A Brief Overview of Green Infrastructure Research & Activities at EPA
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A Brief Overview of Green Infrastructure Research & Activities at EPA. James (Jim) Wickham [email protected] US EPA Office of Research & Development Research Triangle Park, NC. Pinch-hitting for … Matt Nicholson US EPA, Region III Philadelphia, PA. GI Activities at EPA.

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James (Jim) Wickham [email protected] US EPA Office of Research & Development

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James jim wickham wickham james epa us epa office of research development

A Brief Overview of Green Infrastructure Research & Activities at EPA

James (Jim) Wickham

[email protected]

US EPA

Office of Research & Development

Research Triangle Park, NC

Pinch-hitting for …

Matt Nicholson

US EPA, Region III

Philadelphia, PA


James jim wickham wickham james epa us epa office of research development

GI Activities at EPA

  • Integrating built and natural infrastructure solutions

  • Will it work?

  • Can it be implemented at the scales needed?

  • Overcoming institutional and sectoral silos

  • What policies are needed to support investment in natural infrastructure as an integral part of water infrastructure (e.g., ecosystem services)?

  • What tools exist or can be further developed to invest in natural infrastructure at the watershed level (e.g., ecosystem service payments)?

  • Infrastructure optimization

  • What needs to be done to make it happen?

  • Are there places where it is happening?


James jim wickham wickham james epa us epa office of research development

EPA Authorities

Clean Water Act33 U.S.C. §1251 et seq. (1972) – First major legislation established following formation of EPA in 1970.

  • Regulate discharge of pollutants in to the nations waterways

  • http://www.epa.gov/lawsregs/laws/cwahistory.html

Safe Drinking Water Act42 U.S.C. §300f et seq. (1974) – The Act authorizes EPA to establish minimum standards to protect tap water and requires all owners or operators of public water systems to comply with these primary (health-related) standards.

  • http://www.epa.gov/lawsregs/laws/sdwa.html

Clean Air Act (1970) – This legislation authorized the development of comprehensive federal and state regulations to limit emissions from both stationary (industrial) sources and mobile sources.

  • http://epa.gov/oar/caa/caa_history.html


James jim wickham wickham james epa us epa office of research development

Green Infrastructure Activities at EPA

  • MultiResolution Land Characteristics (MRLC) Consortium (www.mrlc.gov)

  • EPA (Atlanta) – Southeastern Ecological Framework (SEF) (www.geoplan.ufl.edu/epa)

  • EPA (Chicago) – Critical Ecosystem Assessment Model (CrEAM)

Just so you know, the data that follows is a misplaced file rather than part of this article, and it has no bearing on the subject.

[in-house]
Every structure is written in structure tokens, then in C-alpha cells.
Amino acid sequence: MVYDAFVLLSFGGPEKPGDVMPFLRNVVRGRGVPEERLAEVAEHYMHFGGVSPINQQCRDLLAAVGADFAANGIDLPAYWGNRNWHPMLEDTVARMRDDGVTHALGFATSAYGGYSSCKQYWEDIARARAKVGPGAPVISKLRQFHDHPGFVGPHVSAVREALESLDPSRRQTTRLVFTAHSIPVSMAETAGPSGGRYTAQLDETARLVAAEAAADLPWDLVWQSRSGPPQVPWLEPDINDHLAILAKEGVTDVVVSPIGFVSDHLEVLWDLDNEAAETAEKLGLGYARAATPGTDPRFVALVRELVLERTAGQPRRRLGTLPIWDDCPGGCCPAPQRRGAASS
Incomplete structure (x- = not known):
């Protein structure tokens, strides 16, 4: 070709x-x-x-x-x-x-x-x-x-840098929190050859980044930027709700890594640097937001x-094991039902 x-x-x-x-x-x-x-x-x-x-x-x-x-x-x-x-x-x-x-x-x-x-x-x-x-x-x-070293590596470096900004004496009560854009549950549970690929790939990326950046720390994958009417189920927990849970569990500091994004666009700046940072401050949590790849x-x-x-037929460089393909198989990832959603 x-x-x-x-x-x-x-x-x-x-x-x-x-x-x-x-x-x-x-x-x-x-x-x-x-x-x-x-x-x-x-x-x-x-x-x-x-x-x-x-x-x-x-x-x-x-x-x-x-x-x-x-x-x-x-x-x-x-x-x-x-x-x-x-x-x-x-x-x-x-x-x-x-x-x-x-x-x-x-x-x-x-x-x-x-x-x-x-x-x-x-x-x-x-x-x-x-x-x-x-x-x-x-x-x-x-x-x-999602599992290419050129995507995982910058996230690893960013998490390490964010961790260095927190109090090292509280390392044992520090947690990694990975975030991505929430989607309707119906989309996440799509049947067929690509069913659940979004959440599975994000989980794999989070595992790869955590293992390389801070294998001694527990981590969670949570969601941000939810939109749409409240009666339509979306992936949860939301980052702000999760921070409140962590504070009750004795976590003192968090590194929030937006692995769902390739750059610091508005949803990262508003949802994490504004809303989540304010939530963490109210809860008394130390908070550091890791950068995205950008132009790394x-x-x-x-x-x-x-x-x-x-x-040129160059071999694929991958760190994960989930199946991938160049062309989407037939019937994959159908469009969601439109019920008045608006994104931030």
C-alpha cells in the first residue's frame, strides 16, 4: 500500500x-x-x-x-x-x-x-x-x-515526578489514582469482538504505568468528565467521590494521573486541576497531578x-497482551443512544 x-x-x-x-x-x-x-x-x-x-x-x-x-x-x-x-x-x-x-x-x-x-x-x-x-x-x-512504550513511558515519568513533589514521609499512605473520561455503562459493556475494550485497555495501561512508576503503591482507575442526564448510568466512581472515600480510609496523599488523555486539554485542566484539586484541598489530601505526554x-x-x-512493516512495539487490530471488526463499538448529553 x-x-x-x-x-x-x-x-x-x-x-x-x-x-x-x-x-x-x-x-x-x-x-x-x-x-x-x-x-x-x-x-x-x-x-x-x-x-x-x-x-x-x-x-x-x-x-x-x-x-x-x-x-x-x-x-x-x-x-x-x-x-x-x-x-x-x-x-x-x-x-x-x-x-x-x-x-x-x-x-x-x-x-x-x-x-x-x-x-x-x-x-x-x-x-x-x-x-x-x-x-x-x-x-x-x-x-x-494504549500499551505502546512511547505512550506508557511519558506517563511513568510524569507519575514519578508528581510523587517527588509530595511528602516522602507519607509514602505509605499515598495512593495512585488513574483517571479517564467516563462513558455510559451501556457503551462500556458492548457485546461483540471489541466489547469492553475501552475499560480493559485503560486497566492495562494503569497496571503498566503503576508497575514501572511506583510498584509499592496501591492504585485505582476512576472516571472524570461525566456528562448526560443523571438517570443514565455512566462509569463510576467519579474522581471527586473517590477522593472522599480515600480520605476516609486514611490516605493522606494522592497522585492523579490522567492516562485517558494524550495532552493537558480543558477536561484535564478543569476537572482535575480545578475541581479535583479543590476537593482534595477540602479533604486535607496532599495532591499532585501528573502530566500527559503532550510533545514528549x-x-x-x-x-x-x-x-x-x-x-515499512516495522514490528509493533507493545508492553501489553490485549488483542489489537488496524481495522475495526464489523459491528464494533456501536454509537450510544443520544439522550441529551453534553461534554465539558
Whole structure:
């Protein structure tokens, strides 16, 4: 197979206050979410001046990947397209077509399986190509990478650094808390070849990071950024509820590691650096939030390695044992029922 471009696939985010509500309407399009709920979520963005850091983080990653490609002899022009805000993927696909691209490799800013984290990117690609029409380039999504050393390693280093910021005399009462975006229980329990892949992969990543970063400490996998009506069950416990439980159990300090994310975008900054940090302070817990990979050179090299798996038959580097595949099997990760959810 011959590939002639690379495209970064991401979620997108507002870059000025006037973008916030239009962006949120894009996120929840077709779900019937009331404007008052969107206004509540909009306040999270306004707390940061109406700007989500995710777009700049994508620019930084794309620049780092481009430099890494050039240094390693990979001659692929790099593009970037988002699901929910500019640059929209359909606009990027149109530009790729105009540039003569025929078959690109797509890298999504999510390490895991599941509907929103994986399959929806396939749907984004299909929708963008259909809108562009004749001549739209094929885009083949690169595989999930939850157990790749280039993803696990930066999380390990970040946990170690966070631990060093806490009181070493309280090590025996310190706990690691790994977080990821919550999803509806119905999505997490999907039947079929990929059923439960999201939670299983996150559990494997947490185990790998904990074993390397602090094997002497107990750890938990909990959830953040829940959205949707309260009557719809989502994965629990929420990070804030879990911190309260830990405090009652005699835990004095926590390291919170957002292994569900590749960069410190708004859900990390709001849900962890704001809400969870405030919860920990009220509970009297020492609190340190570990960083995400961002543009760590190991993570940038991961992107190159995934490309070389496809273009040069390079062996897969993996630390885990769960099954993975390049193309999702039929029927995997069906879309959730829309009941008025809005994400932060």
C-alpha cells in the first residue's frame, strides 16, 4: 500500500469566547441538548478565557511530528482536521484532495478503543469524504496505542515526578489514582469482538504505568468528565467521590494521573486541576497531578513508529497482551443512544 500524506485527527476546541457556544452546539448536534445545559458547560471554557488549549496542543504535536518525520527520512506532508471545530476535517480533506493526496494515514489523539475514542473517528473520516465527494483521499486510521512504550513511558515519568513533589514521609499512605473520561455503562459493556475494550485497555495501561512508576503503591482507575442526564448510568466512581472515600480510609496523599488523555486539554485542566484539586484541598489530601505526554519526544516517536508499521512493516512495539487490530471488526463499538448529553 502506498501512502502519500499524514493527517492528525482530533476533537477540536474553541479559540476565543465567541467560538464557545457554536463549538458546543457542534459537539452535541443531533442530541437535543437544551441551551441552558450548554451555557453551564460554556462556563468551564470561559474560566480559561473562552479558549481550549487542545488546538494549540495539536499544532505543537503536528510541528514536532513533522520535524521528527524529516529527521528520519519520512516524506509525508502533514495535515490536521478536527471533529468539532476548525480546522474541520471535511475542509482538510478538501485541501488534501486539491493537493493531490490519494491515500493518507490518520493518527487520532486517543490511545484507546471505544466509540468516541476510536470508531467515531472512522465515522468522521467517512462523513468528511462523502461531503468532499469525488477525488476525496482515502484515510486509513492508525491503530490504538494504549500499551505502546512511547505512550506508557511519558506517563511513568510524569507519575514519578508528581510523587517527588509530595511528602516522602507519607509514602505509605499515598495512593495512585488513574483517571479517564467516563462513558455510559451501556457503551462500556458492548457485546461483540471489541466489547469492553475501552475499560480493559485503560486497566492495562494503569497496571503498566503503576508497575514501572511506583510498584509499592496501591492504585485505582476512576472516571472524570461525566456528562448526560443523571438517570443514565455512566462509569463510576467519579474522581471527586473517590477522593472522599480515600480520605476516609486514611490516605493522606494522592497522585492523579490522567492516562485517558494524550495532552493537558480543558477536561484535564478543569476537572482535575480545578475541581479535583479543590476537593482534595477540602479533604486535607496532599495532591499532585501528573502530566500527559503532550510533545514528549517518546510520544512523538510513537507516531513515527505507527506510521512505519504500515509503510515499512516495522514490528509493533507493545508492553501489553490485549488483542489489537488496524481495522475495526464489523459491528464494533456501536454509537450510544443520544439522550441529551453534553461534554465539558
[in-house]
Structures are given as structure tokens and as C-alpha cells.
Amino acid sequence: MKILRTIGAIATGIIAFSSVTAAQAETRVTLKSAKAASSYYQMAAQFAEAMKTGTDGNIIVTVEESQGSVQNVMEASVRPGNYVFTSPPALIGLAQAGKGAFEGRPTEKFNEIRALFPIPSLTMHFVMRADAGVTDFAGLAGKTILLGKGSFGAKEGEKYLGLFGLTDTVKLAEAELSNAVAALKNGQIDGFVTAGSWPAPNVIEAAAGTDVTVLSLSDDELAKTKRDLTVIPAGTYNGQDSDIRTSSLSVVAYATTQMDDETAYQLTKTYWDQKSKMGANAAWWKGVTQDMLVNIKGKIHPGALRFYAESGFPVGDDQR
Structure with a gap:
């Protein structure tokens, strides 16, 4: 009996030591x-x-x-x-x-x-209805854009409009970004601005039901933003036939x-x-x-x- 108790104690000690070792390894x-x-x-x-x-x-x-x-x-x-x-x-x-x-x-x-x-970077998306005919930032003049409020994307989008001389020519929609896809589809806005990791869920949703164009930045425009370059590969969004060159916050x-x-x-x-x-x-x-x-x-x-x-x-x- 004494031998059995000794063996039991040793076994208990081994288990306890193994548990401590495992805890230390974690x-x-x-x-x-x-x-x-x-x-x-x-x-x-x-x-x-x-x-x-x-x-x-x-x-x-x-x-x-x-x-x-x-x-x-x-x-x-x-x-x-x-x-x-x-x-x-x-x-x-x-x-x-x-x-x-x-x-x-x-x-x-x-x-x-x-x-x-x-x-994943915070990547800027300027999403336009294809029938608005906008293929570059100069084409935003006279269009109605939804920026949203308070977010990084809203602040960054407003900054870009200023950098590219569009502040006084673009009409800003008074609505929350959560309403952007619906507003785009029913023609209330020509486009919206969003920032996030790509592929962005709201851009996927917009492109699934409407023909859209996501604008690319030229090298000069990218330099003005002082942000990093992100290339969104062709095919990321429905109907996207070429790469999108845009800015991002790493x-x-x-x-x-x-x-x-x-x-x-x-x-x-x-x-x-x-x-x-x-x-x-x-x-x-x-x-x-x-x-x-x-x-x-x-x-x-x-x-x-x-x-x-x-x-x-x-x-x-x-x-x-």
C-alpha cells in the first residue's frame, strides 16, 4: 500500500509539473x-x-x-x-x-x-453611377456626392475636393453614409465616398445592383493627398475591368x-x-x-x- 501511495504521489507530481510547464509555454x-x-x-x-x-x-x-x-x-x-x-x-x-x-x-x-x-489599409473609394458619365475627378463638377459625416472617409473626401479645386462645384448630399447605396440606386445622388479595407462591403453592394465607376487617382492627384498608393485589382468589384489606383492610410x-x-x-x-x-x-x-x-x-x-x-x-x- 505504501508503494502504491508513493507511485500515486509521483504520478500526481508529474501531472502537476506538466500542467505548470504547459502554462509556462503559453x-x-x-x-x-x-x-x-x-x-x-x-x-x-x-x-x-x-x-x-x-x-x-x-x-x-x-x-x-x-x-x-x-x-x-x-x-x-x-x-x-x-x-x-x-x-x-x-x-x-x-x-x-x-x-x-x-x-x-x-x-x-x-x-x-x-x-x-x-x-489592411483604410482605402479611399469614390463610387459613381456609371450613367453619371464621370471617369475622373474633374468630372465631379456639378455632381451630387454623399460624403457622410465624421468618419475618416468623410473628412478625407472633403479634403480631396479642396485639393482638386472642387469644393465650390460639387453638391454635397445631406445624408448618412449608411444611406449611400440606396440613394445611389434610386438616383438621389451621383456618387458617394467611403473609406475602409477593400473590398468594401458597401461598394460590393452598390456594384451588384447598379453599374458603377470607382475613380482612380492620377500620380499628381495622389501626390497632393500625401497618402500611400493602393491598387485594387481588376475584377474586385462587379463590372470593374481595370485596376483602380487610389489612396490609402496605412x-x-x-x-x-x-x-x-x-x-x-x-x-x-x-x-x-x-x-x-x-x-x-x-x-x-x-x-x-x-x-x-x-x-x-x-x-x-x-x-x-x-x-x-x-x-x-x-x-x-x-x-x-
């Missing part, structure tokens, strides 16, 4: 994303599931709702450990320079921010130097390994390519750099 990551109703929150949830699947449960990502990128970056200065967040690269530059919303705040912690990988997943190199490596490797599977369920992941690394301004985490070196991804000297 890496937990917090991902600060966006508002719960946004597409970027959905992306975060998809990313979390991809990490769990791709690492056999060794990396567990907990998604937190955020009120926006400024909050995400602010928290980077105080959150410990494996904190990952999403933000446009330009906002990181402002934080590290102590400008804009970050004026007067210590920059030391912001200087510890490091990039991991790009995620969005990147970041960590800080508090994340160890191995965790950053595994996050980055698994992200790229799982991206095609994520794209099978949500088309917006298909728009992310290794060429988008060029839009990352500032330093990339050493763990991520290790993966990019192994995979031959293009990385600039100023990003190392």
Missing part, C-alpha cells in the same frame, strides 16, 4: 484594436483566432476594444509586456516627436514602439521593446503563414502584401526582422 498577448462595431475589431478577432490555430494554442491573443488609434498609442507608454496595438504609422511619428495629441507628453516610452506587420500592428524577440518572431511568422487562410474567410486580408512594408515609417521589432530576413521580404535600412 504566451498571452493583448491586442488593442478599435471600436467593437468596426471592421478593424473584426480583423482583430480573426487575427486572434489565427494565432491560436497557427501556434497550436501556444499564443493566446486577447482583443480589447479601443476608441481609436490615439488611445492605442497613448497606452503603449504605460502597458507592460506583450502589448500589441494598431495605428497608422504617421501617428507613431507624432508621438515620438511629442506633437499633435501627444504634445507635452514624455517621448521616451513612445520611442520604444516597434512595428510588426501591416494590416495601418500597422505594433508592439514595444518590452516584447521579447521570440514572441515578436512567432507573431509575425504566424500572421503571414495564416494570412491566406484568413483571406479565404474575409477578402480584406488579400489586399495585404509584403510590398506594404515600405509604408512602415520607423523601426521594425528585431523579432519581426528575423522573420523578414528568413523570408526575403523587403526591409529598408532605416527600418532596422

• EPA (Philadelphia) – Initiated a GI “Community of Practice”

  • Towards a Sustainable America (President’s Council on Sustainable Development) (clinton2.nara.gov/PCSD/Publications/tsa.pdf)

  • EPA (Office of Research & Development) – Renewed emphasis on GI as a research area (predominantly “gray” infrastructure)

  • EPA (Office of Water) Healthy Waters Initiative


James jim wickham wickham james epa us epa office of research development

MultiResolution Land Characteristics (MRLC) Consortium

In operation since ~ 1995

A successful bottom-up e-government initiative to provide digital land-cover data for

nation. Includes almost all federal agencies (USGS, NOAA, USFS, EPA, USDA, OSM, Census, DOT, NASA, NPS, USFWS).

Developing into a land-cover monitoring program (change detection)

  • All major U.S. operational remote sensing programs have depended on MRLC data pool or classification technology

    • NLCD(www.mrlc.gov)

    • C-CAP (www.csc.noaa.gov/digitalcoast)

    • CDL (nassgeodata.gmu.edu/CropScape)

    • LANDFIRE (www.landfire.gov)

    • GAP (gapanalysis.usgs.gov)

Wickham J, Homer C, Fry J, Vogelmann J, Mueller R, Herold N, Coulston J. in review. The Multi-Resolution Land Characteristics Consortium – 20 years of development and integration of U.S. national land cover data. Remote Sensing of Environment.


James jim wickham wickham james epa us epa office of research development

MultiResolution Land Characteristics (MRLC) Consortium

NOAA C-CAP


James jim wickham wickham james epa us epa office of research development

GI Activities at EPA

Forest-wetland networks in US by number of core (hub) areas in network

Wickham, Riitters, Wade, Vogt (2010) A national assessment of green infrastructure … using morphological image processing. Landsc. Urban Plann. 94:186-195


James jim wickham wickham james epa us epa office of research development

Maryland Greenprint

Uses GI maps and other ecological models to “optimize” financial resources allocated for conservation.

Weber, T., Sloan, A., Wolf, J., 2006. Maryland’s green infrastructure assessment: development of a comprehensive approach to land conservation. Landscape Urban Plan. 77, 94–110.

Weber, T., 2004. Landscape ecological assessment of the Chesapeake Bay watershed. Environ. Monit. Assess. 94, 39–53.


James jim wickham wickham james epa us epa office of research development

Maryland Greenprint


James jim wickham wickham james epa us epa office of research development

Maryland Greenprint


James jim wickham wickham james epa us epa office of research development

Clean Water Act (Recovery Potential)

Clean Water Act (“water” infrastructure)